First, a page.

By Danièle Cybulskie
In honour of the day, it seems fitting to throw out some interesting facts about St. Patrick, Ireland’s patron saint.
The most common belief about St. Paddy is, well, that he’s Irish. In actual fact – at least, as far as we can tell, relying especially on his Confessions – Patrick was a fifth-century Briton who was captured by an Irish raiding party when he was about sixteen years old, and brought back to Ireland to become a slave. The hardship he endured at the hands of the pagan Irish brought him closer to God, and he became a fervent Christian, praying constantly. Patrick spent six years in slavery before making his escape back to mainland Britain, with the helpful aid of some visions and miracles.
Patrick was only in Britain for a few years before he was visited by a vision that depicted the Irish asking him to come back to them. He made his way back to Ireland, and suffered more hardship, this time as part of his mission to convert the Irish to Christianity. His efforts were far-reaching and successful, by his own account, and he estimated that he had baptized thousands despite risking imprisonment and death. Patrick spent the rest of his life – more than thirty years, according to his reckoning – in his endeavours, although (ironically, considering how synonymous he has become with Ireland) he frequently wished to leave, staying only out of fear that his missionary work would be undone. While he didn’t actually drive snakes out of Ireland, it’s likely the legend comes from the fervour with which Patrick drove “the snake” (as in the one in Genesis) out, freeing Ireland from what he perceived as the influence of Satan.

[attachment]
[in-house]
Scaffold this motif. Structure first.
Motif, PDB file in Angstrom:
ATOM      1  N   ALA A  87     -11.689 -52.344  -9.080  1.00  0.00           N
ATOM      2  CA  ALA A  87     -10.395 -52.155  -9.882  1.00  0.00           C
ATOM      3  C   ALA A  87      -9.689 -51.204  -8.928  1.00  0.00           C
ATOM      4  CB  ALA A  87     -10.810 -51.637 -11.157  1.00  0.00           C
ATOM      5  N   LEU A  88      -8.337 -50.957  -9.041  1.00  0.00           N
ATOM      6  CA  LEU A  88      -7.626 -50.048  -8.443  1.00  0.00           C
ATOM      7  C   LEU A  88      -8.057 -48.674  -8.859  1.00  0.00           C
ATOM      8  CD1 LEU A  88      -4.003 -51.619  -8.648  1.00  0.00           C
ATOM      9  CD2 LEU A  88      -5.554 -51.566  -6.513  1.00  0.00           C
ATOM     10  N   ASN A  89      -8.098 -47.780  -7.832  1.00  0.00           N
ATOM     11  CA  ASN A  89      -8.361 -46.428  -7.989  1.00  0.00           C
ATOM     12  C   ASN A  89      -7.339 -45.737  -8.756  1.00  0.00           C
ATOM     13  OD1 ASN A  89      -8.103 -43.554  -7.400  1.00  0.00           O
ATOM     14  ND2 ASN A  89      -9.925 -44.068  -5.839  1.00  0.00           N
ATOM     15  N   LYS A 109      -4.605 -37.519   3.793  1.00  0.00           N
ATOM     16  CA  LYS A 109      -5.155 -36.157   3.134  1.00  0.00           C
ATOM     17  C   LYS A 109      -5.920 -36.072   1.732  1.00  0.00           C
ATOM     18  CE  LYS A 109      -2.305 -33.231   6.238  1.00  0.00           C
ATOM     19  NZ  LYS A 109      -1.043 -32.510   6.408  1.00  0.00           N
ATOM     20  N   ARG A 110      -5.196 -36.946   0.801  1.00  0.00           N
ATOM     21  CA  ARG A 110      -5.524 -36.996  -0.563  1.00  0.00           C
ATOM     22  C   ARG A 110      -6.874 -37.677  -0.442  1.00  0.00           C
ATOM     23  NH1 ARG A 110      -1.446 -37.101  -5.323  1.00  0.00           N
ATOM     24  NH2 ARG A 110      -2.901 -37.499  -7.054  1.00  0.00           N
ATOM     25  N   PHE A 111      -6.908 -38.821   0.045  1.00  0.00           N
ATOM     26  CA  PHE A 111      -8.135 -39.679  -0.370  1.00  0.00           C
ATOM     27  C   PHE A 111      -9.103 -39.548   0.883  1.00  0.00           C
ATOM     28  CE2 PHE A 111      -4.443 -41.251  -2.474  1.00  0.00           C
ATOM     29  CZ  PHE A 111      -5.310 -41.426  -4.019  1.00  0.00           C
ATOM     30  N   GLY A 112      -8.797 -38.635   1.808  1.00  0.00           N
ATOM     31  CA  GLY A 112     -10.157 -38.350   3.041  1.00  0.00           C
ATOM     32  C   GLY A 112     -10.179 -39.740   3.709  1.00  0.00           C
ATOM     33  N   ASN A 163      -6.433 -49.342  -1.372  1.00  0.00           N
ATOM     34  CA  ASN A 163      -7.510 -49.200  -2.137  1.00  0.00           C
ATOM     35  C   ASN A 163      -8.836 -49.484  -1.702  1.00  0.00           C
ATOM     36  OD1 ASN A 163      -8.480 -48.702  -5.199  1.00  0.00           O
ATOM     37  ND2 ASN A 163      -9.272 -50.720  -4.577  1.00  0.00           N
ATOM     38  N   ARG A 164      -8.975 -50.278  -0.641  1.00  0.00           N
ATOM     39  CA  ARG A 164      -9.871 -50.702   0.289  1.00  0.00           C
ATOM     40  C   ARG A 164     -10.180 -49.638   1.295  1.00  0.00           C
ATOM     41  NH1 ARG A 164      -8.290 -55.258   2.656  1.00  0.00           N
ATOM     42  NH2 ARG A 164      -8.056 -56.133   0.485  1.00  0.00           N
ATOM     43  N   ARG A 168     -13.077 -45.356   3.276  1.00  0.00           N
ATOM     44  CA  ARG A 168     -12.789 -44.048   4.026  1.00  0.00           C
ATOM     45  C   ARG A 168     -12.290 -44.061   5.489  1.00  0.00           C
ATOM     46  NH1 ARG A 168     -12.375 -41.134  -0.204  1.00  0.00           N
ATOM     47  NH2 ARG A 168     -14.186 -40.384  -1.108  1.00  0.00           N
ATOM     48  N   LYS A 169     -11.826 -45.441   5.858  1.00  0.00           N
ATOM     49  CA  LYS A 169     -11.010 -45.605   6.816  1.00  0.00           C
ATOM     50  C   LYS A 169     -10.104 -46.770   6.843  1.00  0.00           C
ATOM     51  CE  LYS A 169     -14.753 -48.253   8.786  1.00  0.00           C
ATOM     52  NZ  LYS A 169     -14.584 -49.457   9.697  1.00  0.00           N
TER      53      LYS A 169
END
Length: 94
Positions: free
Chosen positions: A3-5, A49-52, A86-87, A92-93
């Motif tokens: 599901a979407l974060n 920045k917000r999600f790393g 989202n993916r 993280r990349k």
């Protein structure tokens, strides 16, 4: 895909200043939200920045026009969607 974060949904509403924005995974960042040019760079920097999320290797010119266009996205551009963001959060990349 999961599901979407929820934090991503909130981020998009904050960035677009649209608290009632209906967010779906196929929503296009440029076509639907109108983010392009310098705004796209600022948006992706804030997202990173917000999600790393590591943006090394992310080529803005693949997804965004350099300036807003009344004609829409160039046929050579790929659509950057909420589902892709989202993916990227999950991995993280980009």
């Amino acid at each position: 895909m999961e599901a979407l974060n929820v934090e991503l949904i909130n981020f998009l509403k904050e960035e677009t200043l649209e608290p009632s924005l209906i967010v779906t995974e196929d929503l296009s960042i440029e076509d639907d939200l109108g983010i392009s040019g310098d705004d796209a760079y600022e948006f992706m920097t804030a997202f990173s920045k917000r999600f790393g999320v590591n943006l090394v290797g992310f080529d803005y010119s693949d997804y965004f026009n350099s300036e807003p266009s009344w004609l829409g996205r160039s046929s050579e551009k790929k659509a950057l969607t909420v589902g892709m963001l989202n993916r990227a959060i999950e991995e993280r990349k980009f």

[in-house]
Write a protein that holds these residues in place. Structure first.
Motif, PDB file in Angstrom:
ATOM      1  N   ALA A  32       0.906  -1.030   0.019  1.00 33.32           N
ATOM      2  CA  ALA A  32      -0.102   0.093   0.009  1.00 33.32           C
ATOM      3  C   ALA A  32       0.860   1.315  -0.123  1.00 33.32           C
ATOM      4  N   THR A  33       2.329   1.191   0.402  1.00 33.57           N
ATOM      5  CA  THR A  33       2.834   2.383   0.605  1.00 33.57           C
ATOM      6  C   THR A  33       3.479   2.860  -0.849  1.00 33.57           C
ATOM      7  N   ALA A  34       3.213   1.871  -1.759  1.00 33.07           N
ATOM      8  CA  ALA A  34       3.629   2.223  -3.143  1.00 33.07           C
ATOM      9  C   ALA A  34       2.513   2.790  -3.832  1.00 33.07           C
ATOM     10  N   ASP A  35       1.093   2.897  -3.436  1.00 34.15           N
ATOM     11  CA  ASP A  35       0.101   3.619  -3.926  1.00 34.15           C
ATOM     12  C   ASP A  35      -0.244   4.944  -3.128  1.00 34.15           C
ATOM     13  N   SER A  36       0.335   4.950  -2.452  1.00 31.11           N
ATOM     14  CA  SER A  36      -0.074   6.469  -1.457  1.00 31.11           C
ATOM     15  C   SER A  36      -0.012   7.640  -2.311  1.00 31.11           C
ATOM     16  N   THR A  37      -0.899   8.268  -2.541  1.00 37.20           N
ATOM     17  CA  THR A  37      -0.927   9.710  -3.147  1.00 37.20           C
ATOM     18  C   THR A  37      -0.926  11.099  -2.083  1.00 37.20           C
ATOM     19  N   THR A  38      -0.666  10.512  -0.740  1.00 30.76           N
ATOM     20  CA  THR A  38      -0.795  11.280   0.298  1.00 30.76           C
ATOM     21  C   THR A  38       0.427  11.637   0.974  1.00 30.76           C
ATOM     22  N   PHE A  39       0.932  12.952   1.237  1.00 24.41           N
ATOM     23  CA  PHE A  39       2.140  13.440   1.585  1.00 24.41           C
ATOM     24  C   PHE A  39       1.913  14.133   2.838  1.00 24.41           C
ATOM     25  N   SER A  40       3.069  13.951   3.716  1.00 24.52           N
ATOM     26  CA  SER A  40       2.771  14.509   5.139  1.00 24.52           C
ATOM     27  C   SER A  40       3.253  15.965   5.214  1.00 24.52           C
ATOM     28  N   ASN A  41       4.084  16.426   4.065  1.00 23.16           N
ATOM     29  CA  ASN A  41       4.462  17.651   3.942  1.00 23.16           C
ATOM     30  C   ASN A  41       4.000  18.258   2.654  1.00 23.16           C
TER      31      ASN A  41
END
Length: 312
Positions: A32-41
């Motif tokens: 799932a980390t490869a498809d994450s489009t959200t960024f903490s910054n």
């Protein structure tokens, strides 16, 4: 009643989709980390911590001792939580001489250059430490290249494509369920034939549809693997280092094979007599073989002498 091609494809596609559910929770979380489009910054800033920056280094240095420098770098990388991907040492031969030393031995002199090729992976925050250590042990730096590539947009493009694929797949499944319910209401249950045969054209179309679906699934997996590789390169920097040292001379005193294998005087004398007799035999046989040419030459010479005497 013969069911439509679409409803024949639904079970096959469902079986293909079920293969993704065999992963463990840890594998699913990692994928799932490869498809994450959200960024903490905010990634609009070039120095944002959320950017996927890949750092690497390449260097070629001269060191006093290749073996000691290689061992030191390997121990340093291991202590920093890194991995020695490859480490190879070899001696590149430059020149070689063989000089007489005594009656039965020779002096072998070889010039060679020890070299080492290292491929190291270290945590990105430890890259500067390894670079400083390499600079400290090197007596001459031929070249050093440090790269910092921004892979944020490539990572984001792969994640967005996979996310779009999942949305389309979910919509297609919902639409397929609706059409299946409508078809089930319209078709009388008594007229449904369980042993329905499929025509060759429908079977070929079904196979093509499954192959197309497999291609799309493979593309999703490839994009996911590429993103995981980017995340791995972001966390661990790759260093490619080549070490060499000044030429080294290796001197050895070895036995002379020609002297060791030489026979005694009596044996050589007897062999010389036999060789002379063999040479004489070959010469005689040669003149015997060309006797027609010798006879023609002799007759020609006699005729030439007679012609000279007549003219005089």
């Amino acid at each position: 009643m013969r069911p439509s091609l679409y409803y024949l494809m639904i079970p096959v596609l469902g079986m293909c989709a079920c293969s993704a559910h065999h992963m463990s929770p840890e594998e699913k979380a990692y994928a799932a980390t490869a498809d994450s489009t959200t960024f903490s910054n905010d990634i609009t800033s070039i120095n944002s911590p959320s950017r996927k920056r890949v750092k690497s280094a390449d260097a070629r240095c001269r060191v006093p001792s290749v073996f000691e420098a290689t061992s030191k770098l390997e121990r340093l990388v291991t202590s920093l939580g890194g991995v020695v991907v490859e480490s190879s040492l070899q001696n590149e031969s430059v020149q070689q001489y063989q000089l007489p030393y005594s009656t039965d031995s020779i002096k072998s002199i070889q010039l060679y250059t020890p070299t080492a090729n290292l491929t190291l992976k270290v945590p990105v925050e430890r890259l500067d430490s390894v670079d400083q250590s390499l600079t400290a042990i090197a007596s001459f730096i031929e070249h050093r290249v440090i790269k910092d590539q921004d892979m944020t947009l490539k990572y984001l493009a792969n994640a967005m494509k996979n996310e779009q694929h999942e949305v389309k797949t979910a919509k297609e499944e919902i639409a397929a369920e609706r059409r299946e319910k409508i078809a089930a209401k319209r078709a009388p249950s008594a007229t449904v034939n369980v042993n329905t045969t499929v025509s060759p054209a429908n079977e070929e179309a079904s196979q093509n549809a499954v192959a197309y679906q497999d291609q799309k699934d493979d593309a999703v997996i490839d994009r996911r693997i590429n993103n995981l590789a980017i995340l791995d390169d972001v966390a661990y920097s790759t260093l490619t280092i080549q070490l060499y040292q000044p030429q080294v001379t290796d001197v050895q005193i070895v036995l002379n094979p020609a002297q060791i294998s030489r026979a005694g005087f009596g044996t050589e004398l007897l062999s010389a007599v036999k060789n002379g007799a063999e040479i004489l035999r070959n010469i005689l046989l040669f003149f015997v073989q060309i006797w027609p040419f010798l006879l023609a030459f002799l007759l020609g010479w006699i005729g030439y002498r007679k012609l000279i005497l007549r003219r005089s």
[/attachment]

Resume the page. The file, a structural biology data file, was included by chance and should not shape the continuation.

Although St. Paddy was not the first, and certainly not the last, to preach Christianity in Ireland, it is his influence in part that helped to make Ireland one of the most devout regions in the world. Throughout the Middle Ages, Irish piety is well-documented, and the synthesis of old Irish culture with Christianity brought to life beautiful, spiritual art, such as the ninth-century Book of Kells (which you can see at http://digitalcollections.tcd.ie/home/index.php?DRIS_ID=MS58_003v). This flourishing of Christianity would have made Patrick proud, as he writes, “I wish only that you, too, would make greater and better efforts. This will be my pride, for ‘a wise son makes a proud father.’”
To learn more about St. Paddy, pour yourself a green beer and read Patrick’s Confessions online at http://www.ccel.org/ccel/patrick/confession.ii.html. Happy St. Patrick’s Day!
Danièle Cybulskie will be returning in May with more posts. In the meantime, you can follow her on Twitter @5MinMedievalist